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  • Published: 15 March 2013
  • ISBN: 9780099554332
  • Imprint: Vintage
  • Format: Paperback
  • Pages: 288
  • RRP: $27.99

The Train in the Night

A Story of Music and Loss

An account of one man’s struggle to recover from the loss of his greatest passion in life - and a hymn to music.

How do you lose music? Then having lost it, what do you do next? Nick Coleman found out the morning he woke up to a world changed forever by Sudden Neursosensory Hearing Loss.

The Train in the Night is an account of one man’s struggle to recover from the loss of his greatest passion in life – and to go one step further than that: to restore his ability not only to hear but to think about and feel music.

Of all our relationships with art, the one we enjoy with music is the most complex, the most mysterious and, for reasons that cannot be explained by science alone, the most emotionally charged. Nothing about that relationship is simple. And yet it is perhaps through music that we make the most intimate contact with our sense of who we really are, at our most naked, unsophisticated, honest, simplified. Through psalms, symphonies, love songs, ballads, boogie…

Where to start, though, for the newly deaf? Well, you can start, suggested a famous neurologist, by trying to remember every beautiful piece of music you’ve ever heard and then by thinking about that music over and over again until it begins to assume a new kind of form in your brain. You never know what might happen after that. And so that’s what the author did. He went back to the origins of his passion – the series of big bangs which kicked off his musical universe – and then worked his way forwards through the back catalogue.

The Train in the Night is a memoir not quite like any other. It is about growing up, obviously. But it is also about becoming young again and trying to see the world for what it is, whether through the eyes of a teenage punk or those of a middle-aged music critic and father of two. It is about taste and love and suffering and delusion. It is about longing to be Keith Richards. It is funny, heartbreaking and, above all, true.

It is a hymn to music.

  • Published: 15 March 2013
  • ISBN: 9780099554332
  • Imprint: Vintage
  • Format: Paperback
  • Pages: 288
  • RRP: $27.99

About the author

Nick Coleman

Following a brief spell as a stringer at NME in the mid-1980s, Nick Coleman was Music Editor of Time Out for seven years, then Arts and Features Editor at the Independent and the Independent on Sunday. He has also written on music for The Times, Guardian,Telegraph, New Statesman, Intelligent Life, GQ and The Wire. He is the author of The Train in the Night, which was shortlisted for the 2012 Wellcome Book Prize.

Also by Nick Coleman

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Praise for The Train in the Night

This is a book for anyone who grew up with pop music, listens to it still and has spent too much time thinking about it and talking about it. But it’s also a book about love and loss and middle age and looming mortality, written with grace and the driest imaginable humour. I’m not sure I can recommend it highly enough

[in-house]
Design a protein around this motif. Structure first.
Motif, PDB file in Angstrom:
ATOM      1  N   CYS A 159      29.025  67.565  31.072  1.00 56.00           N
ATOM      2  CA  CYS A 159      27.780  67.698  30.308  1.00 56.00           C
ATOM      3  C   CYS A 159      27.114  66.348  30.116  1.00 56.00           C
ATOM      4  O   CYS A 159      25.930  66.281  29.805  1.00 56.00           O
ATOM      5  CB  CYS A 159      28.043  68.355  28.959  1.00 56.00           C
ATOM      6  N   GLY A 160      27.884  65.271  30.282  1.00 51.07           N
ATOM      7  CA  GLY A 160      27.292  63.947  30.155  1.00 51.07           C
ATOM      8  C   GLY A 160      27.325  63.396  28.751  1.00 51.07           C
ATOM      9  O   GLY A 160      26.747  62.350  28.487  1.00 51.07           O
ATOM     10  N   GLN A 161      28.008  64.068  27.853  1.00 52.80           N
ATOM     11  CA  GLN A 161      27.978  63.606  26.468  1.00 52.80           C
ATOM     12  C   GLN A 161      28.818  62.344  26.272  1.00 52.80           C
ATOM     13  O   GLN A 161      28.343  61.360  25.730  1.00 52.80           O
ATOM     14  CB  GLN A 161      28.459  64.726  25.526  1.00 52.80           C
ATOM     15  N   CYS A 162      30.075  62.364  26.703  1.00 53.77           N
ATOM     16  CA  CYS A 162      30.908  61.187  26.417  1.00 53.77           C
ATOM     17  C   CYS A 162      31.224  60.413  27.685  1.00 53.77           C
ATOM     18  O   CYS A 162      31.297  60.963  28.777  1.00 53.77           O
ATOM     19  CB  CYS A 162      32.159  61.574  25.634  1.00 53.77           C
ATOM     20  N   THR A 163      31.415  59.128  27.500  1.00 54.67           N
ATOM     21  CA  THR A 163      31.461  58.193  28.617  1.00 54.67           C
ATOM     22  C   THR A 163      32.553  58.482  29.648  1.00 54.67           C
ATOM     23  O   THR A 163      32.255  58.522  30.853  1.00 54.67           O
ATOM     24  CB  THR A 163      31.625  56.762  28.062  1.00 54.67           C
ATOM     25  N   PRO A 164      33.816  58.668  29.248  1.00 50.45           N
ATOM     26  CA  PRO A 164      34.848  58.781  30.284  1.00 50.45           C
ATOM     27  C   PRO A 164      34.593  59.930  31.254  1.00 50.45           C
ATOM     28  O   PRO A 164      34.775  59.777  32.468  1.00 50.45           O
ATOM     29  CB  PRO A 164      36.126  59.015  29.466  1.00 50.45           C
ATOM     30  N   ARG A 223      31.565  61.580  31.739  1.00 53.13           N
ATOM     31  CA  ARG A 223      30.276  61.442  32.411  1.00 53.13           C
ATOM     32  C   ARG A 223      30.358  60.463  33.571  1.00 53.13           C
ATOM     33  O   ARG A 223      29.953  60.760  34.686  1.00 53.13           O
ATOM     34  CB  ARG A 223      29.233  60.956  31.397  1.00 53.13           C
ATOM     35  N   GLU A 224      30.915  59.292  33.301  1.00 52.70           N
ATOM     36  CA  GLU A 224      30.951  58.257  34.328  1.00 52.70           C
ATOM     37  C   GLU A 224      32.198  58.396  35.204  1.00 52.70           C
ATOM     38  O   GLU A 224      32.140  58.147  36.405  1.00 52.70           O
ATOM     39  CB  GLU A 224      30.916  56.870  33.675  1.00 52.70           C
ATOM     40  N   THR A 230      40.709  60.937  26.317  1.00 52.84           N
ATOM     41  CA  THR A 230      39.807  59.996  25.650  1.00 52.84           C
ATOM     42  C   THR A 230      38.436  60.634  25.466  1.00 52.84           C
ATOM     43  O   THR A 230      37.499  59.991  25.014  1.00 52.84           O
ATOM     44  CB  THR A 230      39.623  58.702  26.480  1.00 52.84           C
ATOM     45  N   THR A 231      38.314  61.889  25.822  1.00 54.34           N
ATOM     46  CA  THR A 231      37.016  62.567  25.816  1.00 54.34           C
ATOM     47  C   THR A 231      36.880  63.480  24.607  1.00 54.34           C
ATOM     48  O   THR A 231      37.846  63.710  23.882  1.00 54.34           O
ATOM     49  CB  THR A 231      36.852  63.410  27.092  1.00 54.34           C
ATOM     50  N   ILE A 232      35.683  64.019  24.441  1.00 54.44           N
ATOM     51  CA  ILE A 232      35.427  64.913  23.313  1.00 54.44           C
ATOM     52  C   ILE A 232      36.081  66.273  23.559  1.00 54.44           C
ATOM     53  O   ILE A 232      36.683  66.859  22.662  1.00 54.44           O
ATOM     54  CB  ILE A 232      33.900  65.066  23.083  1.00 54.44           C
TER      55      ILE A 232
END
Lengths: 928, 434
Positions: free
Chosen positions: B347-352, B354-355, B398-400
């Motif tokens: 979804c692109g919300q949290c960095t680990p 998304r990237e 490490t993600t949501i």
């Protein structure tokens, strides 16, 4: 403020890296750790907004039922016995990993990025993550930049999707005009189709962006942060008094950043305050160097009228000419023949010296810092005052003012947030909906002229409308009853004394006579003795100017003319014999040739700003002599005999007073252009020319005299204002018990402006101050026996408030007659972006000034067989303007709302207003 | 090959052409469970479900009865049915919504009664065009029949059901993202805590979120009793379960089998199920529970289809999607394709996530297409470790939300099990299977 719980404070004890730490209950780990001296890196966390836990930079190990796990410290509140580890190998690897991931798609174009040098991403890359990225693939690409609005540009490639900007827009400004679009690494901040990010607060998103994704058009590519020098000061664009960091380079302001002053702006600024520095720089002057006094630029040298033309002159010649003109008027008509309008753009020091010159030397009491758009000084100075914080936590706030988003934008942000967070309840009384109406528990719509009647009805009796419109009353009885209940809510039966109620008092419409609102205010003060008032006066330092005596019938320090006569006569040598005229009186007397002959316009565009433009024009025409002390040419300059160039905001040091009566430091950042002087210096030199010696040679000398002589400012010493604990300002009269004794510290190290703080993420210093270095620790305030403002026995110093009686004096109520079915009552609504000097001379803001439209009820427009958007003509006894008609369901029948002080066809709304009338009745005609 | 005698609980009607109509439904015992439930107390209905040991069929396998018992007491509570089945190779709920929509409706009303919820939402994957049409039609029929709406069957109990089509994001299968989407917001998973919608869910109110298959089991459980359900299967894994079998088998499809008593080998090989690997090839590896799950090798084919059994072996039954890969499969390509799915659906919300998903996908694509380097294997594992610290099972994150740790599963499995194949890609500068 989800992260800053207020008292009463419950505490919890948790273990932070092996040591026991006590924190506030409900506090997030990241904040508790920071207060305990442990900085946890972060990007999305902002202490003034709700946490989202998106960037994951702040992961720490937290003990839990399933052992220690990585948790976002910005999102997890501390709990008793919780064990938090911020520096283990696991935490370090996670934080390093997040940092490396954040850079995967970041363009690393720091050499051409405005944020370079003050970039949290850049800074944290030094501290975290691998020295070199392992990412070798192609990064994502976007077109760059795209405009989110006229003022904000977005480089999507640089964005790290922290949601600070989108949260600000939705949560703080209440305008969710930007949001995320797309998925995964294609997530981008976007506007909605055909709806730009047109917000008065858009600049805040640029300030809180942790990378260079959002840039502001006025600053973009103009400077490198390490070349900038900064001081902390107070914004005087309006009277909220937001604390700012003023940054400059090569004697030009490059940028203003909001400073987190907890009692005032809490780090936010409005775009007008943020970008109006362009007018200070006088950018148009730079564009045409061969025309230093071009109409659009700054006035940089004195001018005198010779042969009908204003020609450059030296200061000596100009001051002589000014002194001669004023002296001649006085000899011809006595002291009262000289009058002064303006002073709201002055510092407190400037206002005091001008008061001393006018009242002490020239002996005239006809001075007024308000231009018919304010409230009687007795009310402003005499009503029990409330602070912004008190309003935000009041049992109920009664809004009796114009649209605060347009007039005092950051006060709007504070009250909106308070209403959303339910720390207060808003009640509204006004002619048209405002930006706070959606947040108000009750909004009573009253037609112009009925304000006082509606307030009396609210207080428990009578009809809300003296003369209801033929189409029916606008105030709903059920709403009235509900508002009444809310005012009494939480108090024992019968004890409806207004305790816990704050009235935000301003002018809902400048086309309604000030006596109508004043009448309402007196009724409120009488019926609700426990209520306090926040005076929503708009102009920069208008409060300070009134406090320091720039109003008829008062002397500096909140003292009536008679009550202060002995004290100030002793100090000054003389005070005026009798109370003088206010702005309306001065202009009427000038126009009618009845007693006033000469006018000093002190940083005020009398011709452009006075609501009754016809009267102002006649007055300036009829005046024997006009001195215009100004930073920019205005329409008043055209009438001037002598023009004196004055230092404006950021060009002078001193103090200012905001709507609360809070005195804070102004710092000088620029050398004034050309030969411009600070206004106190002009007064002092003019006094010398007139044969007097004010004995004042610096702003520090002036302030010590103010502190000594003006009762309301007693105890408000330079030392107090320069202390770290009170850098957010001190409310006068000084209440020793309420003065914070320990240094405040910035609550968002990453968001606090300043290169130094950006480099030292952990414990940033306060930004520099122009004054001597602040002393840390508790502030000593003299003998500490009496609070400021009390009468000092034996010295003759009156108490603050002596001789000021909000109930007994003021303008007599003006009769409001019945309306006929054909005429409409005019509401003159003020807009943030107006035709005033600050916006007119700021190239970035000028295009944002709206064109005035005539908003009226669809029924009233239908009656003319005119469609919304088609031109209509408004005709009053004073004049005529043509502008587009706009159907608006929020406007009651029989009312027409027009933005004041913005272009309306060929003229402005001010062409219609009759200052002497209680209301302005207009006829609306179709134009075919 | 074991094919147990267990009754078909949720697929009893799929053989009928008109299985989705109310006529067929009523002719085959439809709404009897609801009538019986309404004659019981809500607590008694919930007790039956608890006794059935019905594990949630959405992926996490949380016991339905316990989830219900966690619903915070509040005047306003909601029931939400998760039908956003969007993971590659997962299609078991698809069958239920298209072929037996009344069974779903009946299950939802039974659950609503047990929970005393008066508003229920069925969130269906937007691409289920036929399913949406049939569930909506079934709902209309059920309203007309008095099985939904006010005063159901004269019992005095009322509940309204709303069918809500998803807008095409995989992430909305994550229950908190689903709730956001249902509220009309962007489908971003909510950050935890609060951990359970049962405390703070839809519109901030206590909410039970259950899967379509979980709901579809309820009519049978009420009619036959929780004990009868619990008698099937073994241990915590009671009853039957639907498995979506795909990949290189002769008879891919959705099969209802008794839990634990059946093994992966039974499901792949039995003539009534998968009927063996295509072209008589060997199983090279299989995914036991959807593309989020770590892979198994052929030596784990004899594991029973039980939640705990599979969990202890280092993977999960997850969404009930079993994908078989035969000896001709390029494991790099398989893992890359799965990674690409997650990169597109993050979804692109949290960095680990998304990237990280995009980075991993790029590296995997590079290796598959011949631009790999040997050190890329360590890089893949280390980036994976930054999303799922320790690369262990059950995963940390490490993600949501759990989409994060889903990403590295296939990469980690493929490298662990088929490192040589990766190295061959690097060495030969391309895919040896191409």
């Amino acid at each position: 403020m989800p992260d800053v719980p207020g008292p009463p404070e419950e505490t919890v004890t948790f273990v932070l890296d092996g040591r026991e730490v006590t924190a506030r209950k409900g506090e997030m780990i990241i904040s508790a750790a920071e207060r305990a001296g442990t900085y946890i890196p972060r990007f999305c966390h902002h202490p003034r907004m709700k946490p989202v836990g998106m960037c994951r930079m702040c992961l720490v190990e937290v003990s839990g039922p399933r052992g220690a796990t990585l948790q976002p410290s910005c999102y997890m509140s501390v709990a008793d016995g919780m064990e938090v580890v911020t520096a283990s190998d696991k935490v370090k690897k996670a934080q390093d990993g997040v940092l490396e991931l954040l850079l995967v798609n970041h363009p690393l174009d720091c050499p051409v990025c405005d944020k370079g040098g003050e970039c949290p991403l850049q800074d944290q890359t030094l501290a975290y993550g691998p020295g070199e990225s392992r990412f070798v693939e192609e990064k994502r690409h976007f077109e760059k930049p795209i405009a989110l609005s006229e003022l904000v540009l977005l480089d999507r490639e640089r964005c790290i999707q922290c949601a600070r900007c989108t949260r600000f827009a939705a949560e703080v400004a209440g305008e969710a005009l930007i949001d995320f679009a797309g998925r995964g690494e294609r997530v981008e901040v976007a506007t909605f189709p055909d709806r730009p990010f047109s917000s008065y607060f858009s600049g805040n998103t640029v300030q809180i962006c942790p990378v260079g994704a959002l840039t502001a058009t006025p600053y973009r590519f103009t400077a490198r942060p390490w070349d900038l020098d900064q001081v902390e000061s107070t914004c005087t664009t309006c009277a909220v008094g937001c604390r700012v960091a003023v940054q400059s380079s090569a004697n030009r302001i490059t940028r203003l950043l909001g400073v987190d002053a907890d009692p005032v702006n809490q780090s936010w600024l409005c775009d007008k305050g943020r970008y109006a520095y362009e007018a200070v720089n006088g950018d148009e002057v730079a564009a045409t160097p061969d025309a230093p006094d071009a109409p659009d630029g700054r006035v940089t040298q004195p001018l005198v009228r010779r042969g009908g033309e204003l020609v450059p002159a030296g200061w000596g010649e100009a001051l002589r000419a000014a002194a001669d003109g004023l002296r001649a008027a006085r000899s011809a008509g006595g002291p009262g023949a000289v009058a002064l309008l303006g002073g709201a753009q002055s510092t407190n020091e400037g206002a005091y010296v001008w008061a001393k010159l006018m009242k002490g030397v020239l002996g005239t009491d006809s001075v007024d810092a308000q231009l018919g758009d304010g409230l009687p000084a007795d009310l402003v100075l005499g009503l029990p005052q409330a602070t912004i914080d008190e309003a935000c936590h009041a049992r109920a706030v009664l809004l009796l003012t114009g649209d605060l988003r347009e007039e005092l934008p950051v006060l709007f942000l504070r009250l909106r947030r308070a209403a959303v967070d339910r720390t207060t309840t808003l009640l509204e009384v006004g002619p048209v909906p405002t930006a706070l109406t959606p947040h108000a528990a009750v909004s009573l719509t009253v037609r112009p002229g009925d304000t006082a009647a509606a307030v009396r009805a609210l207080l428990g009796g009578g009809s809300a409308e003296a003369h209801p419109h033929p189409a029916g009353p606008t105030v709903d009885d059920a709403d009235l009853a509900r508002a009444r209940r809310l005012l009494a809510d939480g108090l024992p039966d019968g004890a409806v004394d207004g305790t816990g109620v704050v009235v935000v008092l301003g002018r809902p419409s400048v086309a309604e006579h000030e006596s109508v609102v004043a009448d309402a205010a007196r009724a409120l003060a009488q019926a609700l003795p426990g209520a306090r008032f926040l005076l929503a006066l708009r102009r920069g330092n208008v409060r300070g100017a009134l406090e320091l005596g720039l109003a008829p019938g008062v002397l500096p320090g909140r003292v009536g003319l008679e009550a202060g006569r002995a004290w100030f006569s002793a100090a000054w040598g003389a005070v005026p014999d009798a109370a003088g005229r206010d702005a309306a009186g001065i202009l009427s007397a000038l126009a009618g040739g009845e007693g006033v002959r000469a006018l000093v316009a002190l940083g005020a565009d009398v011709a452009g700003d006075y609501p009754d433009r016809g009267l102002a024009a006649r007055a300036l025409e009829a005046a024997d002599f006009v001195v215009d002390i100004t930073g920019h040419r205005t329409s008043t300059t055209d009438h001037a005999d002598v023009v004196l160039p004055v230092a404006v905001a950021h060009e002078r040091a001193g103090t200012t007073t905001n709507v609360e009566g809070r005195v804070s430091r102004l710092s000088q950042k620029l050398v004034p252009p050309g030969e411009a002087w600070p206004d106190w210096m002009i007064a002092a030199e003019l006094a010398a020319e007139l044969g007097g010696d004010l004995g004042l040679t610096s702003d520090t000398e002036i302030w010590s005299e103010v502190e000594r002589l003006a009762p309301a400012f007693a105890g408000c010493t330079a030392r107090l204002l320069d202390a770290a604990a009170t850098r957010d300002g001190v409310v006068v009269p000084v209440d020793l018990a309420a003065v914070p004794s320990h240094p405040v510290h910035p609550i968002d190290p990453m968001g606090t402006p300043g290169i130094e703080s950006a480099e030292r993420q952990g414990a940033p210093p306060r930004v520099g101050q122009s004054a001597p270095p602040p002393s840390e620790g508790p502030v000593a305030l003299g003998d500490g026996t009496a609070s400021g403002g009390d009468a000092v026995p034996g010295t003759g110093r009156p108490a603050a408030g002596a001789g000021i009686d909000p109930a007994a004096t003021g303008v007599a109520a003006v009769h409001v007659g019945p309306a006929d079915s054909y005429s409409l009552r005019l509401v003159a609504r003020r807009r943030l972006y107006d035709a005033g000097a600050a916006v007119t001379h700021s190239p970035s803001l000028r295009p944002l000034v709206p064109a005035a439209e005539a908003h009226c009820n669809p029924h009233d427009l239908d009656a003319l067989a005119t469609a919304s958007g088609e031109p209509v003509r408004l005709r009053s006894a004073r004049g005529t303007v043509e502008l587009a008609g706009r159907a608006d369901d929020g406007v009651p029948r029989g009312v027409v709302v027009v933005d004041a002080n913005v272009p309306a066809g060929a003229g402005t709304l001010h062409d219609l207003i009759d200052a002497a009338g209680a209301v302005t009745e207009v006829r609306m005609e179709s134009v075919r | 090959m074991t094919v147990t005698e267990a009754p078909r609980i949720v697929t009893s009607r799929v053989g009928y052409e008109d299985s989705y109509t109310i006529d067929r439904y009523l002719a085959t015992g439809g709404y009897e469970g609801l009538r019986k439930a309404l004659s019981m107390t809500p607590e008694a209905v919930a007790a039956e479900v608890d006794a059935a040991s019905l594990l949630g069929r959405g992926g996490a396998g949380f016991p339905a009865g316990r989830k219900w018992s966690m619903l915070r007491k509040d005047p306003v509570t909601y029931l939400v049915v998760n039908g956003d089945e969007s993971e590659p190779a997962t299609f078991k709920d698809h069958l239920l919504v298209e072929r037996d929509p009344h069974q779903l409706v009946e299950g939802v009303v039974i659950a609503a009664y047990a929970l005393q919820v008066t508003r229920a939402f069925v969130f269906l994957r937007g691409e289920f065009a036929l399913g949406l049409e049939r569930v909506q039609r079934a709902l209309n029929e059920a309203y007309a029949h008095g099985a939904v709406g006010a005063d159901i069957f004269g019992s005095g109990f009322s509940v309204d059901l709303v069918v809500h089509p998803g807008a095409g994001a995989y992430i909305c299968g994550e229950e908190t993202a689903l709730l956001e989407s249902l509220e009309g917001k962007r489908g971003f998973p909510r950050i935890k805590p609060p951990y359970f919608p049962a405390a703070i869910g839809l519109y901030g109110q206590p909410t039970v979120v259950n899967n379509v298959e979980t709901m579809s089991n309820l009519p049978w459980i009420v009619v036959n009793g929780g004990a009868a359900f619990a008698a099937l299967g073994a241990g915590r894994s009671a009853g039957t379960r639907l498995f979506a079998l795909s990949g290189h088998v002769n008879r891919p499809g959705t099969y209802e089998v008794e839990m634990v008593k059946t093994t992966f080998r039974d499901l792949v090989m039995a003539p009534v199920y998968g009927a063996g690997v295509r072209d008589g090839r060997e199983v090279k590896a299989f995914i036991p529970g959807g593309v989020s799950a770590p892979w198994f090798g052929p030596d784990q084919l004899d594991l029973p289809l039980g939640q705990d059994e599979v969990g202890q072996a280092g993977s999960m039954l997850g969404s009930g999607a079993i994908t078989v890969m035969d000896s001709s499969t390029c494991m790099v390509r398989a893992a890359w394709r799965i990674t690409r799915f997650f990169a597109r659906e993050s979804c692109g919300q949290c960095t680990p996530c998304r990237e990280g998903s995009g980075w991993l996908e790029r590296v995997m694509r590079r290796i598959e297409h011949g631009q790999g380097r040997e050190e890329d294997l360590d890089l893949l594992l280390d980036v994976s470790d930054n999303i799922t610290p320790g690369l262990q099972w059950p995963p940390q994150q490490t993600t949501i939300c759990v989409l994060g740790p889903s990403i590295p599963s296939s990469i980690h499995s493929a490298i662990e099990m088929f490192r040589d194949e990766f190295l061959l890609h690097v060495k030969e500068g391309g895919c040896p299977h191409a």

A deft and heartfelt exploration of music, silence, adolescence, English pop and the emotional consequences of serious illness, and above all a discussion of something modern culture has very nearly lost touch with - the idea, and the desirability, of taste.

D. J. Taylor

In a story told with warmth, wit, candour and dry, self-deprecating humour and without a whiff of self-pity... Coleman is insightful and convincing in his musings on music's emotional impact, funny in his recollections of the pains of growing up and sharp in his analysis of the thorny issue of musical 'taste'

Time Out

Coleman is a spirited person, who writes with an irresistible Hornby-esque skip in his style... funny and admirable

Andrew Motion, Guardian

A beautiful, elegiac ballad. Coleman writes elegantly and movingly of his youth, of growing up and of his intimate relationship with an art form that has shaped his memories

Financial Times


Nick Hornby

A rites-of-passage memoir refracted through key sonic experiences...a de profundis roar of anger and bafflement as the randomness of what has befallen Coleman prompts fundamental questions: Who am I? How am I? What the hell happens now?

The Times

A smart, witty and gentle memoir of music and adolescence and beyond

Sunday Herald

Fascinating book... It’s beautifully written, moving and, coming from 1970s, Yes-loving prog-rocker, surprisingly moving.

John Walsh, Independent

Congratulations to Coleman: his private hell is now a tribute to the things he loves the most

Sunday Times

Really a story about listening and love. Brilliant.


If The Train in the Night went no further than the list of life-changing music that drops in at the end, like an index, it would be just another retread of High Fidelity, but Nick Hornby's book is a boy's train-set in comparison to this


An autobiography through sound...a broad meditation on mortality and the resourceful defences of memory


Emotional and resonant… Sharp, funny and sad in equal measure

Sally Morris, Daily Mail

Written with the same passion and wit that punctuated his reviews for the likes of NME, Coleman shares his journey to reconnecting with the soundtrack of his life

Big Issue in the North

I can’t tell you how good it is but I’ll try… It’s a superb analysis

William Leith, Evening Standard

A warm, witty and very candid book

Natasha Harding, Sun

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